Join in and crochet a Wool Eater Blanket with Sarah London

I had this on my list of to-do-projects since January but have finally started it 🙂

wool eater blanket crochet double knit oddment yarn

Link to Sarah London Wool Eater CAL 2012

It is another project for using up oddments of yarn. Where as the knitted squidgy hexipuffs use up oddments of 4 ply yarn, this crochet-along-with-Sarah project uses double knit yarn.

Click on the image above to link to her site and the Wool Eater Blanket instructions. Obviously I’m more than a little behind having just started!


My dress is finished!

At last I can show you the finished dress!

It’s a shift dress but if I want a fitted look it can be worn with a belt. I decided not to make a belt in the pink fabric as planned but think it looks more interesting with a gold or tan belt.

making short sleeve shift dress with patch pocketsmaking block colour dress with peter pan collar patch pocketsdress opening on shoulder with press stud and collarThe shoulder opening is fastened simply with a press stud and the collar fixes over it with another press stud.

understitching facing on dress neckline

understitching on facing close to neckline seam

how dress facing on neckline looks from inside

how dress facing on neckline looks from inside

no stitching visible on rightside of dress neckline

no stitching visible on rightside of dress neckline

Some of the useful techniques I picked up while making the dress were:

1) understitching – sewing close to seam on facing to make the facing around the neckline sit flat. I found a good understitching video on YouTube.

2) invisible hand hemming – this is an old hand stitching method.

(Top of picture) Inside dress – the stitches sit close to the edge of the hem (should be hidden – I think I need more practice!)

(Bottom of picture) You shouldn’t be able to see the stitches on the right side of the dress.

Here is another useful You Tube video showing blind stitch hemming to help you understand how to sew a hem by hand.

I hope this has inspired you to take the plunge and start making a dress too! 🙂

Springtime cardigan

Now we are entering spring I thought I’d show you the cardigan I’m knitting. It’s still warm enough (using lovely soft alpaca wool!) to take me through the cooler pre-summer weather but the lacy cream look makes me feel like I’m leaving winter behind…

I have finished the first half which is knitted from the sleeve towards the centre of the body incorporating the front and back in one piece. It is the first time I’ve used a pattern using this construction. The cardigan will have batwing style sleeves and a tighter ribbed lower body section. If you have problems picturing this then you’ll just have to wait and see the finished item 😉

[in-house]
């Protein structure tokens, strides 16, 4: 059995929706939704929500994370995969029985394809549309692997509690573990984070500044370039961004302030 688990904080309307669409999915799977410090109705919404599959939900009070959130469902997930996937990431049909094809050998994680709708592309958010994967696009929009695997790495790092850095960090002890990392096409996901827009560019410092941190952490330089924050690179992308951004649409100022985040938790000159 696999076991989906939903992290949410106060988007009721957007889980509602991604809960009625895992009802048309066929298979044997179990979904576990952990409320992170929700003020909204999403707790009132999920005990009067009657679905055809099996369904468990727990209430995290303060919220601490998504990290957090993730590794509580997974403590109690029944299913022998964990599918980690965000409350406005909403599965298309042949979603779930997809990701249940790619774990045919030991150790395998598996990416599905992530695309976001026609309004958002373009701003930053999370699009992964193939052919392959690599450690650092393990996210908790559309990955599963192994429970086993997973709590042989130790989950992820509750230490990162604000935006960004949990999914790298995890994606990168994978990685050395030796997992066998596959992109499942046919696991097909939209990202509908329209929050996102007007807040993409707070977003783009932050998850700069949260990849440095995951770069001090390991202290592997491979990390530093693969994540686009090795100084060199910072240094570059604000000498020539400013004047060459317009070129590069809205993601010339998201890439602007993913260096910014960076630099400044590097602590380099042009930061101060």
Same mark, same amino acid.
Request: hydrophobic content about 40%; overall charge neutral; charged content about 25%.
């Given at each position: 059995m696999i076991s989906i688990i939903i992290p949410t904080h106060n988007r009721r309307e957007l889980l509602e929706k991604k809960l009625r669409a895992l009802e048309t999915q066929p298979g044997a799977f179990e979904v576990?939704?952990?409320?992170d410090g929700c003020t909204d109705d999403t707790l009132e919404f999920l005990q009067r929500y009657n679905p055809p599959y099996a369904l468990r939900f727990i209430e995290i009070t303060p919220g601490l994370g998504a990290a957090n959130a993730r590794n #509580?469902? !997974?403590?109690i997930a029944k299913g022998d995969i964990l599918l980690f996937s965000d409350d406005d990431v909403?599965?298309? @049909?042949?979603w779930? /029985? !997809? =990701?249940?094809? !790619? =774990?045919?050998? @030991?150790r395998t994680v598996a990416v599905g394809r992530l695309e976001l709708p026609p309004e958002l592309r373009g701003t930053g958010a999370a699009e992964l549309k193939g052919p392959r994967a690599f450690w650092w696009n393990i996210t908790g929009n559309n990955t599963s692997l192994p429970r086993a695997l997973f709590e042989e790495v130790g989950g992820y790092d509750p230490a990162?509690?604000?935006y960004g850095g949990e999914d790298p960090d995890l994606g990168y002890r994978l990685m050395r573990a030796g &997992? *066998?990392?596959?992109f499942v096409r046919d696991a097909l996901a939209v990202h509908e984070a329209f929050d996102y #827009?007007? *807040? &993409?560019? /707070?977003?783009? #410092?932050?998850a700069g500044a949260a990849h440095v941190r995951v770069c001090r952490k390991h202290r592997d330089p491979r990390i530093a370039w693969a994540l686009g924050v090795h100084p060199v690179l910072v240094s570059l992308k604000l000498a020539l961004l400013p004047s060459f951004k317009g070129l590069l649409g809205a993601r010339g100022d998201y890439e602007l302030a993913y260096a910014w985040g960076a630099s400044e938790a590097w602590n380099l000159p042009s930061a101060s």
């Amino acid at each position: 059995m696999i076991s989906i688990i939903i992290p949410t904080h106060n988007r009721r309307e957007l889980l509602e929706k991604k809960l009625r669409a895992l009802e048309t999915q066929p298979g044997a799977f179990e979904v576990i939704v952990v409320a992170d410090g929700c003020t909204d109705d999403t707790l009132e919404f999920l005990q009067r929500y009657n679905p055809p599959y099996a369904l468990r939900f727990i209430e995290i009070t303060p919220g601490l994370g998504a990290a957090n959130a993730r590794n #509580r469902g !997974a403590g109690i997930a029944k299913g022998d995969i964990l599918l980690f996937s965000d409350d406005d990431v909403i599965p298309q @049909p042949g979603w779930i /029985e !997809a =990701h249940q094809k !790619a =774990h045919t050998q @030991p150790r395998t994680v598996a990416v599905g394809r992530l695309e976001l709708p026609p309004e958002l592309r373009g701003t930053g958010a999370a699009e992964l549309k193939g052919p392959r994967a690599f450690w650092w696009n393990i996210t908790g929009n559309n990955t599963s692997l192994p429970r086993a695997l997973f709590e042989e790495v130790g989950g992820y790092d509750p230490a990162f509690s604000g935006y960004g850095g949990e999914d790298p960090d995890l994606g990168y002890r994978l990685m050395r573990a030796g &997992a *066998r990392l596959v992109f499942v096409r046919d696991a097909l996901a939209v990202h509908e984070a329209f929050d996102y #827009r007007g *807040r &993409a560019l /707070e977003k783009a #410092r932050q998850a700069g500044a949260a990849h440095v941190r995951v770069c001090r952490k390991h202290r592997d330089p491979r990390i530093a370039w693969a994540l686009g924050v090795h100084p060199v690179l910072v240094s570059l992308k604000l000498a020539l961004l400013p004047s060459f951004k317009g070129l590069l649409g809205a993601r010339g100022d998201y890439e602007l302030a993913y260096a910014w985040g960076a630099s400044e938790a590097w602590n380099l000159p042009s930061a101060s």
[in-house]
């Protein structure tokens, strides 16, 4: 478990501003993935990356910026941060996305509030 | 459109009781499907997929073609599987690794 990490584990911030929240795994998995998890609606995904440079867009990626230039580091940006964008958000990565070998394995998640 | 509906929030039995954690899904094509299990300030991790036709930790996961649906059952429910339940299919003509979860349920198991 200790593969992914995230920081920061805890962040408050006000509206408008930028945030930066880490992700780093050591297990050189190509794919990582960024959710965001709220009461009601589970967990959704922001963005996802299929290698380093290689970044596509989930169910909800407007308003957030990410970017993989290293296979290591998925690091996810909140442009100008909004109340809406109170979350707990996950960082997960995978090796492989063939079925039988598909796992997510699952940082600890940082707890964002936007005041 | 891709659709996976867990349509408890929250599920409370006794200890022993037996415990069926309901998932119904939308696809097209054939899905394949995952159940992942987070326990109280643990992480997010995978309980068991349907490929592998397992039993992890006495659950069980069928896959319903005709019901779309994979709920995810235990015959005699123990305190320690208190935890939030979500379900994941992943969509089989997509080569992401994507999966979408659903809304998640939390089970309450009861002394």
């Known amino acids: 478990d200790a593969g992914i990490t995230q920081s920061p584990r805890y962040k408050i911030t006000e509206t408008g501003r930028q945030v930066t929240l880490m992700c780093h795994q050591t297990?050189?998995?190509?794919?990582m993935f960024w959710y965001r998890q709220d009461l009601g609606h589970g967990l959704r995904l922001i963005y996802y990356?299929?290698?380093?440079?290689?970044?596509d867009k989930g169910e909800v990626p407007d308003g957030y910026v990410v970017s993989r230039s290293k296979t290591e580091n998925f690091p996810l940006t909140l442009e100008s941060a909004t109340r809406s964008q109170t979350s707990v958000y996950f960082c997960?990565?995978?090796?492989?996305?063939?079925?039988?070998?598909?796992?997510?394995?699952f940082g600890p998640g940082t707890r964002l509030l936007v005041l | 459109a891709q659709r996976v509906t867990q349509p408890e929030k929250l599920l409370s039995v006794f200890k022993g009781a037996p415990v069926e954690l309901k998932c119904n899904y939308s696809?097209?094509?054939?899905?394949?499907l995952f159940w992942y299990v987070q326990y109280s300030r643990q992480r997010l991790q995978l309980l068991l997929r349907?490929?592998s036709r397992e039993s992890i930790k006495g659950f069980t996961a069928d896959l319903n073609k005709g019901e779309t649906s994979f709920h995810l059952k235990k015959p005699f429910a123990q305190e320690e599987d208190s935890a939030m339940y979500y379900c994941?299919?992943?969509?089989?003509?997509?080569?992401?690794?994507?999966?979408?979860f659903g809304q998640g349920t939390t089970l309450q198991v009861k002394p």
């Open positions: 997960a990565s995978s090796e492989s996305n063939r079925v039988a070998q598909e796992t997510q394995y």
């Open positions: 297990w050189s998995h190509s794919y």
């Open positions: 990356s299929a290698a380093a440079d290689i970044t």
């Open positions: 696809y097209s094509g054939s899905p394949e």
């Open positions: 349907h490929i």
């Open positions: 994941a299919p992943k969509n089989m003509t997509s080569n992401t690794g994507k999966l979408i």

alpaca yarn lace wool knitted batwing cardigan no sleeve seamlace knit pattern for alpaca yarn cardigan

first half of batwing lace pattern alpaca wool knitted cardigan

My dress is coming together…

I have altered my dress to fit better. First I turned the dress inside out, then another friendly person attending the sewing class pinned it together along the seams to the altered shape, while I was wearing it. After tacking the altered seams together to check the fit, I machine sewed it together. It is still a ‘shift dress’ shape so not too fitted. I have also attached the patch style pockets and sleeves. The pockets are simple rectangle shapes with the edges turned under and hemmed before attaching to the dress. I’m going to add beige cuffs to the short sleeves for an extra bit of detail 🙂

The shoulder opening allows me to remove the dress over my head easily. I’m still trying to decide whether I should close it with cute little buttons, press studs or velcro? As I have decided to lower the neckline and add a ‘Peter Pan’ style beige collar detail, buttons may make it a bit too busy. The collar is in two halves – purely decorative and only attached to the front of the dress. The collar finishes over the left shoulder where it opens so will need to velcro onto this area to be pulled back when opening. I drew the collar shape freehand on tissue paper. When I had a shape I was happy with I added the allowance for a hem and cut two pieces – reversing one. Next step is to cut two pieces in fabric for each side of the collar

making shift dress with shoulder opening and patch style pocketsdress opening on shoulderpeter pan dress collar pattern